Every now and then, Nigerians elect people into public offices expecting them to serve the people and assist them to make their lives better. These people come to the electorate promising heaven and earth and promising to be servants of the people. But as soon as they assume office, they automatically transform themselves into masters of the people or slave dealers. That is the irony of our situation in Nigeria. This way, a greater part of the resources meant to uplift the living standard of the people and make life more meaningful to them is channelled into the private pockets of the so-called leaders who have made personal aggrandisement through bribery, corruption, stealing and other vices, their major focus as public officers.
To feather their nests, projects, mostly white elephant projects, are initiated not because they will add value to the lives of the people, but because of the kick-backs and other financial rewards that would accrue to them. Many even pay for the projects upfront. But as soon as they leave office, the projects are abandoned by their successors who prefer to initiate fresh projects from which they can reap immense benefits rather than servicing old debts that will fetch them nothing at the end of the day.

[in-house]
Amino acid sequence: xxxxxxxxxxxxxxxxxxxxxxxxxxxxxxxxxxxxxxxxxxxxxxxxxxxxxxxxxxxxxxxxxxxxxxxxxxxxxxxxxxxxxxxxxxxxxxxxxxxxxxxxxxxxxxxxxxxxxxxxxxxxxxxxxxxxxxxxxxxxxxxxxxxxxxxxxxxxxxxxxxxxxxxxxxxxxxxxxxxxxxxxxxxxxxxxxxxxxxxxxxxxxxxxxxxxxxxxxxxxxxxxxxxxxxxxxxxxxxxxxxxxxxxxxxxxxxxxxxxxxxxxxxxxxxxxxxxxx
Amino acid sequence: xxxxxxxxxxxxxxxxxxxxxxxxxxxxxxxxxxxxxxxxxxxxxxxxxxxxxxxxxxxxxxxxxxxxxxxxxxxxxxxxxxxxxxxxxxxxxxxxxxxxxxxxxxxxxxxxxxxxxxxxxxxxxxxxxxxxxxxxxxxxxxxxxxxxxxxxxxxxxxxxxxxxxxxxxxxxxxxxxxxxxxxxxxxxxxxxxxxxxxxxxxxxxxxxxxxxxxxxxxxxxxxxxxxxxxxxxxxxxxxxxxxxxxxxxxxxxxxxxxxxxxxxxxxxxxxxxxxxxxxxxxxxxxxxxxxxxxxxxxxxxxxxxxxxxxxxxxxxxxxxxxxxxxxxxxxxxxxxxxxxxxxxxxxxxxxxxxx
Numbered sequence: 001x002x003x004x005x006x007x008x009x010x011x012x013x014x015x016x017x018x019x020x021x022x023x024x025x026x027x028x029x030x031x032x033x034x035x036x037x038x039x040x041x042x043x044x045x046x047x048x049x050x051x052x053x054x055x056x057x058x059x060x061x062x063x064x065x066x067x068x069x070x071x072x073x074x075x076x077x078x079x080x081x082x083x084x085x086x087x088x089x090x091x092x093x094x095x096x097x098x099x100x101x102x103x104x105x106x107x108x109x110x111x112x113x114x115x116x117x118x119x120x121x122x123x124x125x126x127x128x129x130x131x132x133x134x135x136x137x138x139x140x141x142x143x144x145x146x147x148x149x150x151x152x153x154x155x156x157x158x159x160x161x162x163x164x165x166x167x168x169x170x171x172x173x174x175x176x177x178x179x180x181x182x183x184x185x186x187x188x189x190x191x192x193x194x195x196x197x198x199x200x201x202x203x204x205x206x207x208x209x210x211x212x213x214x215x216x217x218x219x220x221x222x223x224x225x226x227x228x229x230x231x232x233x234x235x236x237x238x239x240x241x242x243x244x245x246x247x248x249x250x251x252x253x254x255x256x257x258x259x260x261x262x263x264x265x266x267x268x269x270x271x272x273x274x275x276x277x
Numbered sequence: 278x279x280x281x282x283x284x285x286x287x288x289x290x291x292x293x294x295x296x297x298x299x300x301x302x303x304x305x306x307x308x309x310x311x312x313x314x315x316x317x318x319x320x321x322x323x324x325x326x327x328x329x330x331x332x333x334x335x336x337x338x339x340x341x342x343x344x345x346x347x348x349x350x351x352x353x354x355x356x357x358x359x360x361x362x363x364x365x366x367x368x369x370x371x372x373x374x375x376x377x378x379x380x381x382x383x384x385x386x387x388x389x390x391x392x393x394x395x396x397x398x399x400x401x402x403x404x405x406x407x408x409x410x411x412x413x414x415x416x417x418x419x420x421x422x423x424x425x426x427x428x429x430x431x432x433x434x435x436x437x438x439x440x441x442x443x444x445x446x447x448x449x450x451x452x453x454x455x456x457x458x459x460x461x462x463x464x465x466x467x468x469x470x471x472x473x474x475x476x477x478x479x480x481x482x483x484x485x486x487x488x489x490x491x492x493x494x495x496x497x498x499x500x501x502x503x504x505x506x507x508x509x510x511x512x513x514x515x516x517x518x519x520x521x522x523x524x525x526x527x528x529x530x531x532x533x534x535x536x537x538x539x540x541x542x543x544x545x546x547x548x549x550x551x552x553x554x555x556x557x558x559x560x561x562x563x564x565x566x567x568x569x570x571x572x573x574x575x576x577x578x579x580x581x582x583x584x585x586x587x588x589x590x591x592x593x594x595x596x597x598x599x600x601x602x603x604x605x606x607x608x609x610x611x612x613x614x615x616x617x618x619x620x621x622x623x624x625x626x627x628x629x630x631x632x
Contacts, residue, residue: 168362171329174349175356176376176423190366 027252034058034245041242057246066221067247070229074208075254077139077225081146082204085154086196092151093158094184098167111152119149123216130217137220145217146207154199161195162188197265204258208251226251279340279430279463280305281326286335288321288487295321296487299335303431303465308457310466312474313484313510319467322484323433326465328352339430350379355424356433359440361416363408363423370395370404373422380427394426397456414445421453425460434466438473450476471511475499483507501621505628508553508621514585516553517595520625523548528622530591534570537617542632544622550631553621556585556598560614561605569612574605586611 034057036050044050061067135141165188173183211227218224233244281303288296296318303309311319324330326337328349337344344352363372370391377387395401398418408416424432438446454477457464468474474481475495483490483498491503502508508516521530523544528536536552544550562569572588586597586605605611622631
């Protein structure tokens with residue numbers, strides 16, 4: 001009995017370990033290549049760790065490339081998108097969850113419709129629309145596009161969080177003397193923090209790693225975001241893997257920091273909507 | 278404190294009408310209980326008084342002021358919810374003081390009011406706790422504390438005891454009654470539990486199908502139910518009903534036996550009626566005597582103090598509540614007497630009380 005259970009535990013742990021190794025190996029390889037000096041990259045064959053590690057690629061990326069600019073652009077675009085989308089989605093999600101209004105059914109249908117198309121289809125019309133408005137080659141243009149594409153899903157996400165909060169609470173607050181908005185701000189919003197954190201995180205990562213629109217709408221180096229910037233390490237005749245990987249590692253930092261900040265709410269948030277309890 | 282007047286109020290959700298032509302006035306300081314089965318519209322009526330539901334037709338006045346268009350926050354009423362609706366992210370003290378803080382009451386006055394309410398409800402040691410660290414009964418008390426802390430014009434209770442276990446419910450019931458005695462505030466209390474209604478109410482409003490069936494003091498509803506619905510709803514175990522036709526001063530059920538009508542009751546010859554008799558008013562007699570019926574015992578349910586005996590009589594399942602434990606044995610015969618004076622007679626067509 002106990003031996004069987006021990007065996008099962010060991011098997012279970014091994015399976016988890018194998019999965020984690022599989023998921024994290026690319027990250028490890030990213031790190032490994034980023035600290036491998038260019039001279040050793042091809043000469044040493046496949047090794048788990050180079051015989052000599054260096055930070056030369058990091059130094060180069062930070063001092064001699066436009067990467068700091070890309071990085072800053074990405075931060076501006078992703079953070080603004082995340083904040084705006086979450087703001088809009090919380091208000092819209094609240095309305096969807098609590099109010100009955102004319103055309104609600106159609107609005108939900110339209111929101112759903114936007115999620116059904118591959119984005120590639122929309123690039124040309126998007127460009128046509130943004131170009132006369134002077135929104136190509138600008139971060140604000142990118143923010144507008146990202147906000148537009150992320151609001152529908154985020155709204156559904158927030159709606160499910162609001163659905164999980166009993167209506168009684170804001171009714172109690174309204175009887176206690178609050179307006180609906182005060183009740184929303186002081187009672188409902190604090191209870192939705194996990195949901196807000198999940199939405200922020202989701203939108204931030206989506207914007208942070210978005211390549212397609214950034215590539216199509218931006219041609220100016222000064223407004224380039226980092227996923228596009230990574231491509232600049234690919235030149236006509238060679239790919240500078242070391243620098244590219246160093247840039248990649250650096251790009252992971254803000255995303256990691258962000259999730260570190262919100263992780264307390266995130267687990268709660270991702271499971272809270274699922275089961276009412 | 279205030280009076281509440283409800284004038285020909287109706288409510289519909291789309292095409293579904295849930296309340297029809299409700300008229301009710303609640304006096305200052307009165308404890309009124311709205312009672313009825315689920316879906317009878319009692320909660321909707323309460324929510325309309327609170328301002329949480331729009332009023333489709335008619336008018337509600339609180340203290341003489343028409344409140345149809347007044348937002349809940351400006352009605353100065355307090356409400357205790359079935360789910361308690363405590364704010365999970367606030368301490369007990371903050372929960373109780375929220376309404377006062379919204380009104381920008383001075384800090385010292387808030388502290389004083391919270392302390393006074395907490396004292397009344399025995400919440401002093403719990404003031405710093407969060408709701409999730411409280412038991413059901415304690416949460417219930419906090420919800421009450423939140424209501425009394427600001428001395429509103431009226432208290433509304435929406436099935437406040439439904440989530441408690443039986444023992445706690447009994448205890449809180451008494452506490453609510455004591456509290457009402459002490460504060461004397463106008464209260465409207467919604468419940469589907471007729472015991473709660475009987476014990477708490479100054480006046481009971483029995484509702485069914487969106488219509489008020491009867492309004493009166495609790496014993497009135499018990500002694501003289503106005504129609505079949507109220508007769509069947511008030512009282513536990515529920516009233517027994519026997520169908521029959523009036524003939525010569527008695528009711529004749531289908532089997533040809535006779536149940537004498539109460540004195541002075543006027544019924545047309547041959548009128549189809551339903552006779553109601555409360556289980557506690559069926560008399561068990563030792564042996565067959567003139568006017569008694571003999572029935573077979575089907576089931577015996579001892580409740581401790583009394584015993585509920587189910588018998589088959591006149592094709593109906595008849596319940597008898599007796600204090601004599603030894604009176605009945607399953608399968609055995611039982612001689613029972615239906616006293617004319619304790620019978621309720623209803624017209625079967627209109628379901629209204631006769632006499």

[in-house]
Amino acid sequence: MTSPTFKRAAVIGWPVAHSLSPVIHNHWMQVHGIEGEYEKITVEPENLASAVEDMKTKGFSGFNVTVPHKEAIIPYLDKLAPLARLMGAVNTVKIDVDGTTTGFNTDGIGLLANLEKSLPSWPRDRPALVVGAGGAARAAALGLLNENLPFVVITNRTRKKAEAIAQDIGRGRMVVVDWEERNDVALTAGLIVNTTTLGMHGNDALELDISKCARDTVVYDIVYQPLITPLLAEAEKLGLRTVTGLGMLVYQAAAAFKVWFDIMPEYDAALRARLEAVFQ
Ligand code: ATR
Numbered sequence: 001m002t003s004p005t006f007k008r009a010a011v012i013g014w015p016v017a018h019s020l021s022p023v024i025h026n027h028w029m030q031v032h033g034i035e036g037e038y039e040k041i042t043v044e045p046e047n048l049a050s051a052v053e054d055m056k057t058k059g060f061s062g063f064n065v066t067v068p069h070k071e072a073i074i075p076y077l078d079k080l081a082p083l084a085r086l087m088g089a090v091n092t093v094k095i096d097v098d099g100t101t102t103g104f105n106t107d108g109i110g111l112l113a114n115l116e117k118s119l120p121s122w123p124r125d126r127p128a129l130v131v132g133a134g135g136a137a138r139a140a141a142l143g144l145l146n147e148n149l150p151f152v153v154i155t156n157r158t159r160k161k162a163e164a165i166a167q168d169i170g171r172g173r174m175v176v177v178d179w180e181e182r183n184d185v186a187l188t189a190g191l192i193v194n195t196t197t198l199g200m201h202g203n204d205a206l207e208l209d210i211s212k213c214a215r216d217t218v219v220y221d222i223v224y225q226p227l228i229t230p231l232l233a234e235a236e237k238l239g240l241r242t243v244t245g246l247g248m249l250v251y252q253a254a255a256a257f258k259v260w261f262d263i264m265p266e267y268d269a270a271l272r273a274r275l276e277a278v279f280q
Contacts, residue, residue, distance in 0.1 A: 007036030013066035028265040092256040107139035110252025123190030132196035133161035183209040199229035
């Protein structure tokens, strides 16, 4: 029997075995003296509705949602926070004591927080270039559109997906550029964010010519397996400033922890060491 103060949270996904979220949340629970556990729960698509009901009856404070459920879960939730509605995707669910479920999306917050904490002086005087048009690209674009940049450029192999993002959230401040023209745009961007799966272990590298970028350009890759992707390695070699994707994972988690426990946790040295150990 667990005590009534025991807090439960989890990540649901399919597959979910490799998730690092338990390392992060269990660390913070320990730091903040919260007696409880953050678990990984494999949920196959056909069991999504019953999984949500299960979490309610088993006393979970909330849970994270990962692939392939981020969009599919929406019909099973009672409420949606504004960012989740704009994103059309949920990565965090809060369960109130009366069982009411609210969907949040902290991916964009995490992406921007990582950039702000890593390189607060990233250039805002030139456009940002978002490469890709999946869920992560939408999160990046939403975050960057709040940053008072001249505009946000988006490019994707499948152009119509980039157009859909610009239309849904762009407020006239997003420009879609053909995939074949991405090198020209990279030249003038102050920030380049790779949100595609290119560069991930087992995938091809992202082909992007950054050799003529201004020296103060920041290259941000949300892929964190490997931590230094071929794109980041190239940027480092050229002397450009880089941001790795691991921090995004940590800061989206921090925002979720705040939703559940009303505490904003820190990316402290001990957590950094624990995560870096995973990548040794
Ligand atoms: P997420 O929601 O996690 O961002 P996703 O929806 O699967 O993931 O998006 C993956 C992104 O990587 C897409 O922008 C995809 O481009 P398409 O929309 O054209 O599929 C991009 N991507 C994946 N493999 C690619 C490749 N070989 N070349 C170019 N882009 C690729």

According to recent publications in the media, Nigeria, today, has more than N5 trillion worth of abandoned projects and if you trace the history of these projects, you will find that they are predominantly caused by contractors’ neglect due to the fact that the money meant for the projects have been diverted by awarding authorities, mostly the governors and other public officers.